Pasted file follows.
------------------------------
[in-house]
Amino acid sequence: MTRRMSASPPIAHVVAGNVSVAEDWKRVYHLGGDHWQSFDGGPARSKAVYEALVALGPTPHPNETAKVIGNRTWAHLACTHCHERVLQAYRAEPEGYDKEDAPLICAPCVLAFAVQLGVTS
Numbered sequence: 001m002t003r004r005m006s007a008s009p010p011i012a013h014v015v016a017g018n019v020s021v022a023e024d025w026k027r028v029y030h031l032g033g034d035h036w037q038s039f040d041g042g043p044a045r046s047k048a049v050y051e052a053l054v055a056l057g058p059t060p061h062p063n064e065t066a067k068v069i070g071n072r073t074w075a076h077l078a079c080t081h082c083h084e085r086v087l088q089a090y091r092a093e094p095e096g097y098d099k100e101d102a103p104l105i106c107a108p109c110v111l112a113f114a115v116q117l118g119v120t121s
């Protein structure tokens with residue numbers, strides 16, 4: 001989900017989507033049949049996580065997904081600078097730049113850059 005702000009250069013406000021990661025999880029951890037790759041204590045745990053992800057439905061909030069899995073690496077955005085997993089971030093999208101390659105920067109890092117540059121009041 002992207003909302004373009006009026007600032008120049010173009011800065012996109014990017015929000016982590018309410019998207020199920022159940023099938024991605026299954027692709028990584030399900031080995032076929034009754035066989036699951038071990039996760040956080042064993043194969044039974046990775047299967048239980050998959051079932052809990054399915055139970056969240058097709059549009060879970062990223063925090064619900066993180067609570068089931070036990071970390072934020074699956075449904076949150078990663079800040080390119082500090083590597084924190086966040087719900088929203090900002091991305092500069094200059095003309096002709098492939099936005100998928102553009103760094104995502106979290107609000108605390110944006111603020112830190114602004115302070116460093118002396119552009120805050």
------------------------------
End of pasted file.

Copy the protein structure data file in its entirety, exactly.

[in-house]
Amino acid sequence: MTRRMSASPPIAHVVAGNVSVAEDWKRVYHLGGDHWQSFDGGPARSKAVYEALVALGPTPHPNETAKVIGNRTWAHLACTHCHERVLQAYRAEPEGYDKEDAPLICAPCVLAFAVQLGVTS
Numbered sequence: 001m002t003r004r005m006s007a008s009p010p011i012a013h014v015v016a017g018n019v020s021v022a023e024d025w026k027r028v029y030h031l032g033g034d035h036w037q038s039f040d041g042g043p044a045r046s047k048a049v050y051e052a053l054v055a056l057g058p059t060p061h062p063n064e065t066a067k068v069i070g071n072r073t074w075a076h077l078a079c080t081h082c083h084e085r086v087l088q089a090y091r092a093e094p095e096g097y098d099k100e101d102a103p104l105i106c107a108p109c110v111l112a113f114a115v116q117l118g119v120t121s
């Protein structure tokens with residue numbers, strides 16, 4: 001989900017989507033049949049996580065997904081600078097730049113850059 005702000009250069013406000021990661025999880029951890037790759041204590045745990053992800057439905061909030069899995073690496077955005085997993089971030093999208101390659105920067109890092117540059121009041 002992207003909302004373009006009026007600032008120049010173009011800065012996109014990017015929000016982590018309410019998207020199920022159940023099938024991605026299954027692709028990584030399900031080995032076929034009754035066989036699951038071990039996760040956080042064993043194969044039974046990775047299967048239980050998959051079932052809990054399915055139970056969240058097709059549009060879970062990223063925090064619900066993180067609570068089931070036990071970390072934020074699956075449904076949150078990663079800040080390119082500090083590597084924190086966040087719900088929203090900002091991305092500069094200059095003309096002709098492939099936005100998928102553009103760094104995502106979290107609000108605390110944006111603020112830190114602004115302070116460093118002396119552009120805050």